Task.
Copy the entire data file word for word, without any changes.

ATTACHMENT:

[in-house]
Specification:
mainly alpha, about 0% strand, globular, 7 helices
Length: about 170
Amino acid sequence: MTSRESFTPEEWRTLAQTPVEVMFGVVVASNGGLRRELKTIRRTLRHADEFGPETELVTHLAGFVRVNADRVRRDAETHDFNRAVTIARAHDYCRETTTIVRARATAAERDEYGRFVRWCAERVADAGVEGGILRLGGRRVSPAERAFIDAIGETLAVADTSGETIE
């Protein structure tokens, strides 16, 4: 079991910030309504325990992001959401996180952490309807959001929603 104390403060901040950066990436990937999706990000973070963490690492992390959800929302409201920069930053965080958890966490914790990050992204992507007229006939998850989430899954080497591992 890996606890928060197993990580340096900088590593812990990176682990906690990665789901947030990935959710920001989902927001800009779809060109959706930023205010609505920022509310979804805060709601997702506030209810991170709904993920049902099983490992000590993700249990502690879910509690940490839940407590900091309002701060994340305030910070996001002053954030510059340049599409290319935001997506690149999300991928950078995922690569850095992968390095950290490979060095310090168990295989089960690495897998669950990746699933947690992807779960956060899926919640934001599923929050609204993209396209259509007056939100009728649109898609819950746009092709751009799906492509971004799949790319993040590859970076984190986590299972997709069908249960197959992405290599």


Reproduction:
[in-house]
Specification:
mainly alpha, about 0% strand, globular, 7 helices
Length: about 170
Amino acid sequence: MTSRESFTPEEWRTLAQTPVEVMFGVVVASNGGLRRELKTIRRTLRHADEFGPETELVTHLAGFVRVNADRVRRDAETHDFNRAVTIARAHDYCRETTTIVRARATAAERDEYGRFVRWCAERVADAGVEGGILRLGGRRVSPAERAFIDAIGETLAVADTSGETIE
């Protein structure tokens, strides 16, 4: 079991910030309504325990992001959401996180952490309807959001929603 104390403060901040950066990436990937999706990000973070963490690492992390959800929302409201920069930053965080958890966490914790990050992204992507007229006939998850989430899954080497591992 890996606890928060197993990580340096900088590593812990990176682990906690990665789901947030990935959710920001989902927001800009779809060109959706930023205010609505920022509310979804805060709601997702506030209810991170709904993920049902099983490992000590993700249990502690879910509690940490839940407590900091309002701060994340305030910070996001002053954030510059340049599409290319935001997506690149999300991928950078995922690569850095992968390095950290490979060095310090168990295989089960690495897998669950990746699933947690992807779960956060899926919640934001599923929050609204993209396209259509007056939100009728649109898609819950746009092709751009799906492509971004799949790319993040590859970076984190986590299972997709069908249960197959992405290599």